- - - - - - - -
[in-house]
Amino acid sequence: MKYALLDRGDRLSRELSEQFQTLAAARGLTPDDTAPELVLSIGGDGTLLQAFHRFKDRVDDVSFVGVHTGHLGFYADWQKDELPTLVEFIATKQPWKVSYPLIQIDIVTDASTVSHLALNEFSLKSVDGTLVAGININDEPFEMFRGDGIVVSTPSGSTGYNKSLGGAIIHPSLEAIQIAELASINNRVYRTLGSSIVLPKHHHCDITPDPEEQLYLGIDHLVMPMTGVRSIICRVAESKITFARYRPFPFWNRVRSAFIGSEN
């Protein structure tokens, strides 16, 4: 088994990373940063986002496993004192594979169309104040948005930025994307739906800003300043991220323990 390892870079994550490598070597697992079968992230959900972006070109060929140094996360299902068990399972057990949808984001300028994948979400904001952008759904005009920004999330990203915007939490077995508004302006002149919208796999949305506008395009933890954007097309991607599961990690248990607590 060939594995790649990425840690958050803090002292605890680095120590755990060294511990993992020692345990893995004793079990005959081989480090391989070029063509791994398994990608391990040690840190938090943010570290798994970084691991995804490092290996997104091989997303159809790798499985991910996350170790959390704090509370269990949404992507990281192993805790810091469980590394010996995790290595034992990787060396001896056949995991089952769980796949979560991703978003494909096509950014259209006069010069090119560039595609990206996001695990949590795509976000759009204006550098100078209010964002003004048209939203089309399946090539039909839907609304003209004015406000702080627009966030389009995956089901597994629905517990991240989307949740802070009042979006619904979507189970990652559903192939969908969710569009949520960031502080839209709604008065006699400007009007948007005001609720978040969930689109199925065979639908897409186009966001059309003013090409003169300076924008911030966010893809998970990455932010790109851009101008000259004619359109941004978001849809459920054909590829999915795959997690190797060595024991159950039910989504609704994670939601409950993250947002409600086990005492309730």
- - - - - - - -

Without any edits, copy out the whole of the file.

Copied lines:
[in-house]
Amino acid sequence: MKYALLDRGDRLSRELSEQFQTLAAARGLTPDDTAPELVLSIGGDGTLLQAFHRFKDRVDDVSFVGVHTGHLGFYADWQKDELPTLVEFIATKQPWKVSYPLIQIDIVTDASTVSHLALNEFSLKSVDGTLVAGININDEPFEMFRGDGIVVSTPSGSTGYNKSLGGAIIHPSLEAIQIAELASINNRVYRTLGSSIVLPKHHHCDITPDPEEQLYLGIDHLVMPMTGVRSIICRVAESKITFARYRPFPFWNRVRSAFIGSEN
């Protein structure tokens, strides 16, 4: 088994990373940063986002496993004192594979169309104040948005930025994307739906800003300043991220323990 390892870079994550490598070597697992079968992230959900972006070109060929140094996360299902068990399972057990949808984001300028994948979400904001952008759904005009920004999330990203915007939490077995508004302006002149919208796999949305506008395009933890954007097309991607599961990690248990607590 060939594995790649990425840690958050803090002292605890680095120590755990060294511990993992020692345990893995004793079990005959081989480090391989070029063509791994398994990608391990040690840190938090943010570290798994970084691991995804490092290996997104091989997303159809790798499985991910996350170790959390704090509370269990949404992507990281192993805790810091469980590394010996995790290595034992990787060396001896056949995991089952769980796949979560991703978003494909096509950014259209006069010069090119560039595609990206996001695990949590795509976000759009204006550098100078209010964002003004048209939203089309399946090539039909839907609304003209004015406000702080627009966030389009995956089901597994629905517990991240989307949740802070009042979006619904979507189970990652559903192939969908969710569009949520960031502080839209709604008065006699400007009007948007005001609720978040969930689109199925065979639908897409186009966001059309003013090409003169300076924008911030966010893809998970990455932010790109851009101008000259004619359109941004978001849809459920054909590829999915795959997690190797060595024991159950039910989504609704994670939601409950993250947002409600086990005492309730």